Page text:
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In the wake of the St. Valentine's Day Massacre, Ness confiscates the weapons of the underworld. This doesn't stop Frank Nitti from finding ways to acquire more so he can use them against chief rival Bugs Moran.
Thursday June 28th, 1962
In January of 1929, Matt Malloy, one of Frank Nitti's boys, walks into a sporting goods store. He can't purchase a pistol without a police permit but he can purchase a Thompson submachine gun for $150. Later, in the conference room of the Montmarte Cafe, half a dozen choppers are laid on the table. Nitti picks up a chopper and tells the boys to use 'em. The ensuing violence culminates in the bloody St. Valentine's Day Massacre on February 14, 1929 in which seven members of Bugs Moran's North Side mob are slaughtered in a garage...Read the full recap
This episode, which begins in February of 1929, is the earliest timewise in series history.
Robert J. Wilke would portray Bugs Moran once again in Season Four's The Eddie O'Gara Story.
Frank Nitti apparently believed somewhat in racial harmony (on the show) because one of the employees of his Montmarte Club in this episode is an Afro-American.
Salome Jens would return in Season Four's Man in the Cooler.
George Matthews would return in Season Four's The Economist.
Nitti: (about Moran) I'm gonna bury him.
Nitti: (to Moran) You'll get it, Moran. Believe me, you'll get it.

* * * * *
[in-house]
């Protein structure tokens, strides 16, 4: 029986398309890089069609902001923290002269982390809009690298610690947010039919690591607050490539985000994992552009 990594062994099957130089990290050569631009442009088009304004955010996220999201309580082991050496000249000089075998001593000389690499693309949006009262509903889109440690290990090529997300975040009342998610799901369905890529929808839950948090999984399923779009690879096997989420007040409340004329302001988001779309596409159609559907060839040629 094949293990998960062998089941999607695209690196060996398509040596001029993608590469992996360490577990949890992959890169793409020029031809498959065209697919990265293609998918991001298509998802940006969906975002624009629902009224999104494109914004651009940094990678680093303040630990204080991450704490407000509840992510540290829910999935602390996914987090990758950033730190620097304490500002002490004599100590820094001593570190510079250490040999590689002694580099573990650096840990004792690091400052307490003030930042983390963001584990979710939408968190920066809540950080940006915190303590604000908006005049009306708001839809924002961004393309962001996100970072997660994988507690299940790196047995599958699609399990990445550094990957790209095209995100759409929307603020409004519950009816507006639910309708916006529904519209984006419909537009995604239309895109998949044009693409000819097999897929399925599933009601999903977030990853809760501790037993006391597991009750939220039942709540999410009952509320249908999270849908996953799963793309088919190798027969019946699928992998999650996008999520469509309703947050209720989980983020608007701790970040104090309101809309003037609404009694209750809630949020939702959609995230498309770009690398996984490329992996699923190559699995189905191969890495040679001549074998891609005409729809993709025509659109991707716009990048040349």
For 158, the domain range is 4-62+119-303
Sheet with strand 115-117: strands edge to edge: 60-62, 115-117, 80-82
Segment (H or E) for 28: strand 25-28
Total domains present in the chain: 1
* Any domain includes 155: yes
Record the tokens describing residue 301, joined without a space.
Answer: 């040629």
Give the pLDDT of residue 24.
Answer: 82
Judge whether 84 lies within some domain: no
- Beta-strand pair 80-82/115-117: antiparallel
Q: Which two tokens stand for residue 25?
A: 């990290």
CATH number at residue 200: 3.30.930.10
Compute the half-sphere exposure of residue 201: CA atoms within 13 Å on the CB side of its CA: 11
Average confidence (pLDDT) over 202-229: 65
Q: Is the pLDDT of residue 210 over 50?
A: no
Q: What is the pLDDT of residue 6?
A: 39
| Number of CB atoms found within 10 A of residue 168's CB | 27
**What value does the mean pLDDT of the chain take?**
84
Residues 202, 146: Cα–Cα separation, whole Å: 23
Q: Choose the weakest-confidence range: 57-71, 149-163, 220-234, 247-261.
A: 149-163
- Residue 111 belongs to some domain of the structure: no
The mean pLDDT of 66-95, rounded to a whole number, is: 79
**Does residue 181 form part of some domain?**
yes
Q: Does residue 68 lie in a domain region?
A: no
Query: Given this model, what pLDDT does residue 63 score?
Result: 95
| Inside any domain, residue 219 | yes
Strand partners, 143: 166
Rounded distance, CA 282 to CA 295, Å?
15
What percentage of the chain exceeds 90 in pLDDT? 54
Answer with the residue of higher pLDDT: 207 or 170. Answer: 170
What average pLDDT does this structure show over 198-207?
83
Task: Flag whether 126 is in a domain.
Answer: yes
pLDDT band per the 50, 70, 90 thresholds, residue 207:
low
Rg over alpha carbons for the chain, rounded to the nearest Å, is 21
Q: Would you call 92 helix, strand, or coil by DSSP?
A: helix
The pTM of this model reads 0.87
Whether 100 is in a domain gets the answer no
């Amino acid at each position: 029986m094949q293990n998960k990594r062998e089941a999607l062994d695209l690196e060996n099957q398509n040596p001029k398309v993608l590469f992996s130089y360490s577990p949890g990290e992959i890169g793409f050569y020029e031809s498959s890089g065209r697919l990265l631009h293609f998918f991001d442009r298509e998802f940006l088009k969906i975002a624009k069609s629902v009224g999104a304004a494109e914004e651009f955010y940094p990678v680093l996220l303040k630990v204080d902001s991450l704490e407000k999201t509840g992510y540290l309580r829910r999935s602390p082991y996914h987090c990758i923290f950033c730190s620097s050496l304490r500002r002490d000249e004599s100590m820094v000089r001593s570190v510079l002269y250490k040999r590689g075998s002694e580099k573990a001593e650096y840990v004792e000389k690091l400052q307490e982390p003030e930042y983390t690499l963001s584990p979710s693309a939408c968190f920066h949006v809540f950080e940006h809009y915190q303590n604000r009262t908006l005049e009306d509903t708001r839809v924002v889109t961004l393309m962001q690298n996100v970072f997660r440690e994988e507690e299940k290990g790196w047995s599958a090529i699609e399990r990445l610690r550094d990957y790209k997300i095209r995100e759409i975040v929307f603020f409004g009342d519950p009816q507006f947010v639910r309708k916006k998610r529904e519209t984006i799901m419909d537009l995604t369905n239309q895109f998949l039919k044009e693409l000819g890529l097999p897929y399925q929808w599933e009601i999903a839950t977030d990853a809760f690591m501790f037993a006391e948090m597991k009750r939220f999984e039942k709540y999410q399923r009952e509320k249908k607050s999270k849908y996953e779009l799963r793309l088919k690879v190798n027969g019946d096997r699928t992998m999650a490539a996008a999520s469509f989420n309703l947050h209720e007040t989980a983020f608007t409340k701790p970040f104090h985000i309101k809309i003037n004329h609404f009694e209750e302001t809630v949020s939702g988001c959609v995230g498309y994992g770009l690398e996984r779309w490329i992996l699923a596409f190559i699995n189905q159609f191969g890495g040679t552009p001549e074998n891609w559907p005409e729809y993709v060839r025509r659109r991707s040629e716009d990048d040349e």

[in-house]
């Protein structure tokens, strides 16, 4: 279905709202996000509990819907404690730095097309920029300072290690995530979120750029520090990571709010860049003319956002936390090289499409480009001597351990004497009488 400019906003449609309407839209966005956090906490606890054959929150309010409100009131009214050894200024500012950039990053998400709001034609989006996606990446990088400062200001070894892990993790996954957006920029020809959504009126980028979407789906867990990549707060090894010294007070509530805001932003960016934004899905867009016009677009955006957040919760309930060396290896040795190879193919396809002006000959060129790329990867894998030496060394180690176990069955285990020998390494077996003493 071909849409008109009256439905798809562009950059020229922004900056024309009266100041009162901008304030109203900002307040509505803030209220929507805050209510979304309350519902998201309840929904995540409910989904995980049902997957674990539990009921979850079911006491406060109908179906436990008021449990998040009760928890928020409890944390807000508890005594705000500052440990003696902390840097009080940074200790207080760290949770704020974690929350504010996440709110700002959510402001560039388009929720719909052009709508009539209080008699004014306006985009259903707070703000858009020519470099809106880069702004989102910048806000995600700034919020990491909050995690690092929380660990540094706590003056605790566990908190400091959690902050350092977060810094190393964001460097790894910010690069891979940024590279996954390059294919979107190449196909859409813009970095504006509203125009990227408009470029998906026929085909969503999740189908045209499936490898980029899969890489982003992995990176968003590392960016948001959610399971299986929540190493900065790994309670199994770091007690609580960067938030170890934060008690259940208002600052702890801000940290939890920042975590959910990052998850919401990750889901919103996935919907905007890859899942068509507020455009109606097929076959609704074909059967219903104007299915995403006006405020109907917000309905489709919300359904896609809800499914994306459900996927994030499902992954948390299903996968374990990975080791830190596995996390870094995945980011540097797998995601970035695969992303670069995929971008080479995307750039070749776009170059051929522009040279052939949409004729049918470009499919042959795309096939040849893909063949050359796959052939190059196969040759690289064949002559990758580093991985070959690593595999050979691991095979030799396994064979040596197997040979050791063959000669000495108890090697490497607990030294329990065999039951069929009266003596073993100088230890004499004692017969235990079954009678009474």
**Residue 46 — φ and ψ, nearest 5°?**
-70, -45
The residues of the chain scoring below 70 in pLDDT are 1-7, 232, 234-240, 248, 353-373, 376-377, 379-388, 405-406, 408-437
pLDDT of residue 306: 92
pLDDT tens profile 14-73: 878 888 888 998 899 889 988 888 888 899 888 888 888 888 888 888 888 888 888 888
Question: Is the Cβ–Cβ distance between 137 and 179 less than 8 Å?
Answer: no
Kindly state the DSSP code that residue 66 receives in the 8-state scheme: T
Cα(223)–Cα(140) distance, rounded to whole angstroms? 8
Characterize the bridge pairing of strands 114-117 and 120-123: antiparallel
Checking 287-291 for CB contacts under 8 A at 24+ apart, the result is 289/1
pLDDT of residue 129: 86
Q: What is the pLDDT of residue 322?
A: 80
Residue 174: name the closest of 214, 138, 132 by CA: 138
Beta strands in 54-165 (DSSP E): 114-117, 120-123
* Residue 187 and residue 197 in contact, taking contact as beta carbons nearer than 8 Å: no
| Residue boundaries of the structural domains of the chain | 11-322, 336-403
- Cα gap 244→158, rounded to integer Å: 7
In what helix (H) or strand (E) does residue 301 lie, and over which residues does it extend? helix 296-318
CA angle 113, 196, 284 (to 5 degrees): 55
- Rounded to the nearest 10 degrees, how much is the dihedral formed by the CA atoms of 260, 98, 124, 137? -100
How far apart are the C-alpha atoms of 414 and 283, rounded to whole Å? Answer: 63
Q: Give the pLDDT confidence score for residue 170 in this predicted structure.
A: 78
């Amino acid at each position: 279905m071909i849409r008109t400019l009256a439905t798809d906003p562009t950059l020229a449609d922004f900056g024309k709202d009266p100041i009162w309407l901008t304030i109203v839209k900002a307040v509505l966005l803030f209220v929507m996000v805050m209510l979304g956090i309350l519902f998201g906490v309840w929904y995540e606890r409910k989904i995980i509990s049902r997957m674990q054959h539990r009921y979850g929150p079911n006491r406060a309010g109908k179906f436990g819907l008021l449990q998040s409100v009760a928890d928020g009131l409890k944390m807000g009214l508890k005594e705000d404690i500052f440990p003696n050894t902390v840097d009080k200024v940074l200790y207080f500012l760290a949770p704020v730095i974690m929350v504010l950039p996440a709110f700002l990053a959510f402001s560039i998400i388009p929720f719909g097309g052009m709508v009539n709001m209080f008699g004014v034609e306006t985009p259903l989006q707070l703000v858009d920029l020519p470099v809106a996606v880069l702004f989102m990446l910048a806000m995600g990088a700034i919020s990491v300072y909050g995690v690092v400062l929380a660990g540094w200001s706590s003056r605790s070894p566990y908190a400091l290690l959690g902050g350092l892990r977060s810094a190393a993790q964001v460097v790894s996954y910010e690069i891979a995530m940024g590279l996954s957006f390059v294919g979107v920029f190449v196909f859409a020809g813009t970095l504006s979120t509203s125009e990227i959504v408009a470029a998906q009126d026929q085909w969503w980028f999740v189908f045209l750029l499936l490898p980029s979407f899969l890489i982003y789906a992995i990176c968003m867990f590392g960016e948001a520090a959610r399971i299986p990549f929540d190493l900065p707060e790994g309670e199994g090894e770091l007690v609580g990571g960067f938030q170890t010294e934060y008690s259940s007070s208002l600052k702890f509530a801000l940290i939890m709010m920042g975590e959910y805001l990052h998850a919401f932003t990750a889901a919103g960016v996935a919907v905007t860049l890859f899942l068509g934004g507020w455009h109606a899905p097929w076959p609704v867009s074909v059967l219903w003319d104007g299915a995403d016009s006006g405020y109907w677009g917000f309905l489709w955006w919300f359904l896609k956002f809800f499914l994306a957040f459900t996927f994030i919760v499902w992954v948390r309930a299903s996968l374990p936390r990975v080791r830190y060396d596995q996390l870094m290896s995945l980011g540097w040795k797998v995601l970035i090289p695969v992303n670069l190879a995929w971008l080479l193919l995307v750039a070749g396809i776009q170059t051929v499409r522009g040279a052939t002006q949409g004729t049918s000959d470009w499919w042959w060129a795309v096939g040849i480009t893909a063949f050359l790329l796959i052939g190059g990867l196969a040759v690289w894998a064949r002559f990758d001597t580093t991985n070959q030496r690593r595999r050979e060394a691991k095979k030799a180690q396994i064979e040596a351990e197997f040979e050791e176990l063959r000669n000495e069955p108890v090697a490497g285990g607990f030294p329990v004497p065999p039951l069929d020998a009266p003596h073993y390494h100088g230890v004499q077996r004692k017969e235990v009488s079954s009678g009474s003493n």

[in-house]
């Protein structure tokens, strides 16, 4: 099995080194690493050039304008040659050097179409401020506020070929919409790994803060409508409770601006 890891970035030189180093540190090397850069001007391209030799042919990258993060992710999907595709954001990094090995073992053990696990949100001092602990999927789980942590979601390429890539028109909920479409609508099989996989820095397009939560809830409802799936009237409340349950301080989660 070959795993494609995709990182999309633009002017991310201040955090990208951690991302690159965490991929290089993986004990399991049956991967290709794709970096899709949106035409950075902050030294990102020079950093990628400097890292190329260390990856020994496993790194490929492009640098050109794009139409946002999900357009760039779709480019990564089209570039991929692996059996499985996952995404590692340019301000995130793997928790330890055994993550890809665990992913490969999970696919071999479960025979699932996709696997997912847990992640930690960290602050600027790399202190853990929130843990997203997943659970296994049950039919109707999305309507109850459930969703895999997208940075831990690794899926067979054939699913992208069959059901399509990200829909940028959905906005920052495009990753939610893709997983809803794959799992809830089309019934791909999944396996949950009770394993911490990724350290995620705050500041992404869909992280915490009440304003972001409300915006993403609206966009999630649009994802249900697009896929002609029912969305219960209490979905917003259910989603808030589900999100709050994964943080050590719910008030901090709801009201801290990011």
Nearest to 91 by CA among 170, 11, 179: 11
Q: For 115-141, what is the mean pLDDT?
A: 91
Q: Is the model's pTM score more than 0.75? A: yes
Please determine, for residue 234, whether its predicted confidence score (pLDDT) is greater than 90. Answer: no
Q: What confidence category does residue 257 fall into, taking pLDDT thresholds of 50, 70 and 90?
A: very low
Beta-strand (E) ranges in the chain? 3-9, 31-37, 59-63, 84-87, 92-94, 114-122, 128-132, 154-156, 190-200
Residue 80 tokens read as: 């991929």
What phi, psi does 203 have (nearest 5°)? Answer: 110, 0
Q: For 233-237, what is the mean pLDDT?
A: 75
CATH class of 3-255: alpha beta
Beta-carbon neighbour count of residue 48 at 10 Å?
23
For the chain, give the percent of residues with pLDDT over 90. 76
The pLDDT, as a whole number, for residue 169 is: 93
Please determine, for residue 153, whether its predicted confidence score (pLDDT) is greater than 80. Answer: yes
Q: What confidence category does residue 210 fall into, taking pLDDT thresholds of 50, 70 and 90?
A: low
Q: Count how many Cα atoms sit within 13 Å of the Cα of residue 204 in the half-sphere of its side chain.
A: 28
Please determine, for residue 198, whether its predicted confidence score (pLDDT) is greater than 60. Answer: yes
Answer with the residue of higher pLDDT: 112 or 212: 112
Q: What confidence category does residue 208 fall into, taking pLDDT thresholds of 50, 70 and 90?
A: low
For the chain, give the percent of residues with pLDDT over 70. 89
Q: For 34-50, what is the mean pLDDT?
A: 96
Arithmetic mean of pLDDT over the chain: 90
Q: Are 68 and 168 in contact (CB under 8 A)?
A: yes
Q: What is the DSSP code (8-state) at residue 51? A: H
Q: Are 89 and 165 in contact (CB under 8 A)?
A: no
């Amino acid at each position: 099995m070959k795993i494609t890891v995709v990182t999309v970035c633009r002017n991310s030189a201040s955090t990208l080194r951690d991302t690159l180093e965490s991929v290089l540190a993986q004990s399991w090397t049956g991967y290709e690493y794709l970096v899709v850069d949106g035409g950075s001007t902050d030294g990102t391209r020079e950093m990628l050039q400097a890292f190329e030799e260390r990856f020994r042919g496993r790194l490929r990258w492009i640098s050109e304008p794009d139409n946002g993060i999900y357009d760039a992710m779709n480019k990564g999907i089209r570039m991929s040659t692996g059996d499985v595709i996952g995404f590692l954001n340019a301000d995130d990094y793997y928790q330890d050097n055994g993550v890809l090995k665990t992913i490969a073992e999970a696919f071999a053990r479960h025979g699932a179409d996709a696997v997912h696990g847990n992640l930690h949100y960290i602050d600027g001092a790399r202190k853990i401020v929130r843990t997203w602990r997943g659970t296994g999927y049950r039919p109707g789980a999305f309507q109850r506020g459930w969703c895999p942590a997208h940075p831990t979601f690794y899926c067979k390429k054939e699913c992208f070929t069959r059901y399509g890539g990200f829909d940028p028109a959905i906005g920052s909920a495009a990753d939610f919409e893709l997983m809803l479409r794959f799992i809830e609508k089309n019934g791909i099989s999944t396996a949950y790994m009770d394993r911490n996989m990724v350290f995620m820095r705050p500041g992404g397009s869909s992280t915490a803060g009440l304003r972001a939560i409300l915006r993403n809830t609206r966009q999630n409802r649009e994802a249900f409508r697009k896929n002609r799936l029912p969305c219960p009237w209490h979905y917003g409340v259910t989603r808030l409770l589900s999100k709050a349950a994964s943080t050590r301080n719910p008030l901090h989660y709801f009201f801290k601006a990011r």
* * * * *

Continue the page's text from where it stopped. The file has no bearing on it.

Ness: (to Moran) You'll get the chair just on general principle.
Nitti: (about the choppers) You got 'em, use 'em.
Ness: (to Nitti) Give my regards to Big Al when he calls.
Moran: Valentine's Day comes early this year.
Hobson: We tore Moran's place apart. No guns but a lot of alibis.
Malloy: (to Nitti) It ain't your fault Ness won't take a bribe.
Historical error #1: in the narration it's stated that Al Capone left Chicago for Miami on February 16, two days after the St. Valentine's Day Massacre but in reality Capone had been in Miami for several days prior to the Massacre.
Historical error #2: If the research department had dug a little deeper they would have discovered that Frank Nitti was not in Chicago either on February 16, 1929. He was in St. Louis on that day getting married to Anna Theresa Rango, his second wife.
Historical error #3: In the Massacre scene, seven gunmen are shown blasting with choppers when in reality only two were used.
Arsenal is a very disjointed episode that jumps around all over the place. Even the presence of Frank Nitti can't save it as it rates as the lowest episode of Season Three in my book.